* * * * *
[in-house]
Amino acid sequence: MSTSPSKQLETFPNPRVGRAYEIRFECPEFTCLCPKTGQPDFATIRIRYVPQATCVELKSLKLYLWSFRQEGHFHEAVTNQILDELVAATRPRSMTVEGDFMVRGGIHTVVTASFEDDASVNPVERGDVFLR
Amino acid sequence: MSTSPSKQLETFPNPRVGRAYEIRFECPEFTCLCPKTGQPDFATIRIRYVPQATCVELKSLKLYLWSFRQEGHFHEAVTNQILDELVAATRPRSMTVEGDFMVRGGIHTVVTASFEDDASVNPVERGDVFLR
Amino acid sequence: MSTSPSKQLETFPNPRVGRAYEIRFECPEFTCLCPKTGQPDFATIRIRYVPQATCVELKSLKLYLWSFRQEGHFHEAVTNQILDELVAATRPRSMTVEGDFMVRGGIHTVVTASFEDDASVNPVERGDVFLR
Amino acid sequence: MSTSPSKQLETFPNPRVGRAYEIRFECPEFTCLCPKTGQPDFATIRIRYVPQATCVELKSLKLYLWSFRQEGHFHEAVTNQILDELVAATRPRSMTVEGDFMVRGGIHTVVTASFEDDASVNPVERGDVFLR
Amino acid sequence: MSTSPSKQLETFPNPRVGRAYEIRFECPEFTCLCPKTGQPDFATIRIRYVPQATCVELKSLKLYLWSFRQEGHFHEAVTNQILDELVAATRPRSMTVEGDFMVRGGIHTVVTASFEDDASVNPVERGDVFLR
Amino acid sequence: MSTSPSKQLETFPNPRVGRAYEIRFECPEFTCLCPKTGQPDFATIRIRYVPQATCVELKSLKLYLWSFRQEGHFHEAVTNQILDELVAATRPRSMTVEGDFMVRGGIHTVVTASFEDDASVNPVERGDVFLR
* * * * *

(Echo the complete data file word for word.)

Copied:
[in-house]
Amino acid sequence: MSTSPSKQLETFPNPRVGRAYEIRFECPEFTCLCPKTGQPDFATIRIRYVPQATCVELKSLKLYLWSFRQEGHFHEAVTNQILDELVAATRPRSMTVEGDFMVRGGIHTVVTASFEDDASVNPVERGDVFLR
Amino acid sequence: MSTSPSKQLETFPNPRVGRAYEIRFECPEFTCLCPKTGQPDFATIRIRYVPQATCVELKSLKLYLWSFRQEGHFHEAVTNQILDELVAATRPRSMTVEGDFMVRGGIHTVVTASFEDDASVNPVERGDVFLR
Amino acid sequence: MSTSPSKQLETFPNPRVGRAYEIRFECPEFTCLCPKTGQPDFATIRIRYVPQATCVELKSLKLYLWSFRQEGHFHEAVTNQILDELVAATRPRSMTVEGDFMVRGGIHTVVTASFEDDASVNPVERGDVFLR
Amino acid sequence: MSTSPSKQLETFPNPRVGRAYEIRFECPEFTCLCPKTGQPDFATIRIRYVPQATCVELKSLKLYLWSFRQEGHFHEAVTNQILDELVAATRPRSMTVEGDFMVRGGIHTVVTASFEDDASVNPVERGDVFLR
Amino acid sequence: MSTSPSKQLETFPNPRVGRAYEIRFECPEFTCLCPKTGQPDFATIRIRYVPQATCVELKSLKLYLWSFRQEGHFHEAVTNQILDELVAATRPRSMTVEGDFMVRGGIHTVVTASFEDDASVNPVERGDVFLR
Amino acid sequence: MSTSPSKQLETFPNPRVGRAYEIRFECPEFTCLCPKTGQPDFATIRIRYVPQATCVELKSLKLYLWSFRQEGHFHEAVTNQILDELVAATRPRSMTVEGDFMVRGGIHTVVTASFEDDASVNPVERGDVFLR